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the death of private property

the supreme court has ruled that private property can now be taken from you by the government and given over to other private developers under eminent domain. voting with the majority were justices kennedy, souter, ginsburg, breyer, and, of course, comrade stevens. o'conner lead the dissent, and was joined by rehnquist, scalia, and thomas.

what brought all this on? the town of new london, connecticut wants to bulldoze an entire neighborhood of homes--some dating back to the victorian era--to build tourist traps. i kid you not. families that have owned their homes for seven generations will now be forced to leave so that the city can build "commercial development that would attract tourists to the Thames riverfront, complementing an adjoining Pfizer Corp. research center and a proposed Coast Guard museum."

the fifth amendment of the constitution is pretty clear. it says that eminent domain applies to land that will be put to public use. public does not mean private. if public means private then white means black, hot means cold, left means right, and up means down...but then, to the glorified marxists in black robes, the constitution has seldom meant what it said and frequently meant the exact opposite. today, it seems, is no exception.

10 years ago, locdog would have said such a thing could never happen in the united states of america



you're worse

in the atheist's playbook, the equivalent of the never-fails, bread'n'butter off-tackle-right has got to be good ol' evil:

"if there's a God and He's so good, why does so much bad stuff happen?"

since 9/11, the objection has gotten a bit more pointed:

"if there's a God and He's so good, why do His followers do so much bad stuff?"

there's been little attempt made by longtime secular critics or opportunistic leftists to differentiate between practitioners of different faiths. george w. bush is pat robertson is pope benedict is osama bin laden. it's all ashcroft and the american taliban and sawing off someone's head with a machete while making them play naked twister. you get it.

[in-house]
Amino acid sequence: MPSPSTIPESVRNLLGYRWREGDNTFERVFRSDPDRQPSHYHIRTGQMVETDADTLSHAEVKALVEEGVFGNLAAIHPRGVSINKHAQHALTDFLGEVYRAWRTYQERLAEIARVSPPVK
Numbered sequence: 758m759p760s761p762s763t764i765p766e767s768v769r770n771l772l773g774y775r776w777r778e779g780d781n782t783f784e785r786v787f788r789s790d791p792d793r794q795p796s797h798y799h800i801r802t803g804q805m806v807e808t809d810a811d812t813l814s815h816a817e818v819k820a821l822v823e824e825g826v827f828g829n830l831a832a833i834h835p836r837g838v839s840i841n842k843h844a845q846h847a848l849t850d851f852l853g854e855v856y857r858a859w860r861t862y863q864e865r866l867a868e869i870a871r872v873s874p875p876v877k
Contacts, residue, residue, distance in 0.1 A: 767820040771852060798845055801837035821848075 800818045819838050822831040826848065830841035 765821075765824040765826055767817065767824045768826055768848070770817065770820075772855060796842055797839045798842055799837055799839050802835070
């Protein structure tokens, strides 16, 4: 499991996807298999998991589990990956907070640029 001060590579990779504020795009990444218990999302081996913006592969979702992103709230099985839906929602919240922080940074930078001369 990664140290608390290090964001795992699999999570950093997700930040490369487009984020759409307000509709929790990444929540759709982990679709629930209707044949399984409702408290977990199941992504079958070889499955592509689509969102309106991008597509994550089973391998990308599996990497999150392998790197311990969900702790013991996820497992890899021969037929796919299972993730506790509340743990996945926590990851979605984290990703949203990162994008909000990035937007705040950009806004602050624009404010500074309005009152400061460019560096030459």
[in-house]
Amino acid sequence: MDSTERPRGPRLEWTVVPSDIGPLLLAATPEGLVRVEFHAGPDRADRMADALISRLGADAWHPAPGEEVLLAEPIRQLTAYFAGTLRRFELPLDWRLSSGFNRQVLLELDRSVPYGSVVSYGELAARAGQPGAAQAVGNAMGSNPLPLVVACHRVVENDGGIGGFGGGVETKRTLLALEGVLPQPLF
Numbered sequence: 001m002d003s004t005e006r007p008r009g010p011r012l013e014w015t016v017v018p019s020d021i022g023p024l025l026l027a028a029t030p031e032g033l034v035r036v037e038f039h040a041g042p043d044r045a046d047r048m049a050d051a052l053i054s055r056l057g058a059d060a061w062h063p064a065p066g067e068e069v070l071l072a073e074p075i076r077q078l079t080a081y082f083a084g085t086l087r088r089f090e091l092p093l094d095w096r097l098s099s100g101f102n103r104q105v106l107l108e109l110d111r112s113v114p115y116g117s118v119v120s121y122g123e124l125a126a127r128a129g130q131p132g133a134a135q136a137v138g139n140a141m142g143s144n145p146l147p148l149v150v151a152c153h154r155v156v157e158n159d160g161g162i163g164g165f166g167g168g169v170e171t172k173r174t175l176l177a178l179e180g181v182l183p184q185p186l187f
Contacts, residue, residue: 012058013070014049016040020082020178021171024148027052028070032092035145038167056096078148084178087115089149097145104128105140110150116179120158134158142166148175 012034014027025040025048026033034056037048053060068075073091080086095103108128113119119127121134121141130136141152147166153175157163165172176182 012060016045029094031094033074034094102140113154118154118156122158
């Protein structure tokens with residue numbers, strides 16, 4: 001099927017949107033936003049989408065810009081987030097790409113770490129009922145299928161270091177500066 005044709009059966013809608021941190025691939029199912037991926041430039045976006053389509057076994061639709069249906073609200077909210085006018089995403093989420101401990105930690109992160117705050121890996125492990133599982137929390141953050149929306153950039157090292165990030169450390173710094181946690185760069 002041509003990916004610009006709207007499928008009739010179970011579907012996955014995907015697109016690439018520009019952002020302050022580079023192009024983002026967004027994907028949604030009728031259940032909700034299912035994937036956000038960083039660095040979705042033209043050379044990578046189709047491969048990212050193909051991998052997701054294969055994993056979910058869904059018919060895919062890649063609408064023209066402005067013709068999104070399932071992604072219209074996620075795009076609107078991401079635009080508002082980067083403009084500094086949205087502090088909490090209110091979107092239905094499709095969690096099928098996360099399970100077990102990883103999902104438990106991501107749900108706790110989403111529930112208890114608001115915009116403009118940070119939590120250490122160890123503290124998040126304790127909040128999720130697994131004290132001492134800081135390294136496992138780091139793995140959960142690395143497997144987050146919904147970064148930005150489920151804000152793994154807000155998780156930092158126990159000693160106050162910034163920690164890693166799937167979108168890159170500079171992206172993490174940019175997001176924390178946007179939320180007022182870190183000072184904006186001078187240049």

traditionally, however, the most intrusive, oppressive, murderous government have been secular governments--no, check that. atheistic governments. traditionally over the last century, anyway. but then, over the last century, the atheists have raped and murdered enough to give the rest of the centuries combined a run for their money. joe stalin alone offed, what, 20-some million out of sheer paranoia? then you've got your pol pots and sundry east asian purgings, your chi-coms, your castros, your central american up all the people killed by communists, either their own or those killed in communist wars of aggression, and the number soars to almost incomprehensible heights (or lows, i should say.) one source i found puts it at a not implausible 110 million.

whatever the actual number is, it's a lot. more than ashcroft and robertson's totals combined, even. and yet to many on the left, religion represents the greatest threat to peace and prosperity in the free world. now with muslim nations, they've at least got a leg to stand on. muslims currently comprise one side of nearly every war being fought on planet earth, and most of the worst tales of barbarism and depravity emerge from middle-eastern states. Christian nations, on the other hand, have been out of that business since the crusade/inquisition days (and the muslims were at it back then, too), a few exceptions aside.

then again, you've got about a billion people living in communist china right now, a place where the government imprisons you for unauthorized worship, dictates the amount of children you are permitted to have, and bans words like "democracy" from internet search engines--a deal, by the way, that google inc. gleefully leapt at, they of the 98% contribution to democratic candidates, thus sullying themselves alongside microsoft's msn search and yahoo! in participation with the denial of the basic human rights by an atheistic government.

not content with making a billion lives miserable, the chinese have clear designs on taiwan, and to that end have built up a blue water navy to enable them to project their power across the straight that had previously insulated that tiny beacon of liberty and human dignity the atheists regard as a "wayward province."

now before you democrats go off half-cocked, let's keep in mind that i'm not trying to blame one side or the other for collaboration with the chinese government. we're all guilty of buying their slave-made crap, and bush's handling of china has been as bad as clinton's. what i'm saying is, why haven't those howling about the dangers of the faithful given any consideration to those of the faithless?

you who are convinced the belief that dinosaurs died in a flood six thousand yeas ago will be the downfall of western civilization might want to consider the beam in your own eye before picking at the mote in ours. your track record is arguably the worst in human history, and shows little signs of improving.

in the long run, locdog thinks the atheists in china will prove a greater problem than the theists in the middle east



locdog movie review: batman begins